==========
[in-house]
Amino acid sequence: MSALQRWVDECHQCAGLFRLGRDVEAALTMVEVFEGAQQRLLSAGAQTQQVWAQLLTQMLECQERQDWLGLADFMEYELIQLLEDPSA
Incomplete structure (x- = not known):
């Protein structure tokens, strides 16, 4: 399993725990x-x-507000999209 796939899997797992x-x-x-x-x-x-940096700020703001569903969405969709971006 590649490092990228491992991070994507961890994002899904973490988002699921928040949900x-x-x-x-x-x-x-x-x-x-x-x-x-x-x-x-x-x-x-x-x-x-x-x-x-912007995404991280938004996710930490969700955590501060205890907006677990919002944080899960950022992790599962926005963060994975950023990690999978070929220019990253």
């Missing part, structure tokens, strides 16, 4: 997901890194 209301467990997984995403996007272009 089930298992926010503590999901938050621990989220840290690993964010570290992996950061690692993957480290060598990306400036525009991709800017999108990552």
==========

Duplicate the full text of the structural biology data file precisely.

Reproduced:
[in-house]
Amino acid sequence: MSALQRWVDECHQCAGLFRLGRDVEAALTMVEVFEGAQQRLLSAGAQTQQVWAQLLTQMLECQERQDWLGLADFMEYELIQLLEDPSA
Incomplete structure (x- = not known):
């Protein structure tokens, strides 16, 4: 399993725990x-x-507000999209 796939899997797992x-x-x-x-x-x-940096700020703001569903969405969709971006 590649490092990228491992991070994507961890994002899904973490988002699921928040949900x-x-x-x-x-x-x-x-x-x-x-x-x-x-x-x-x-x-x-x-x-x-x-x-x-912007995404991280938004996710930490969700955590501060205890907006677990919002944080899960950022992790599962926005963060994975950023990690999978070929220019990253």
């Missing part, structure tokens, strides 16, 4: 997901890194 209301467990997984995403996007272009 089930298992926010503590999901938050621990989220840290690993964010570290992996950061690692993957480290060598990306400036525009991709800017999108990552």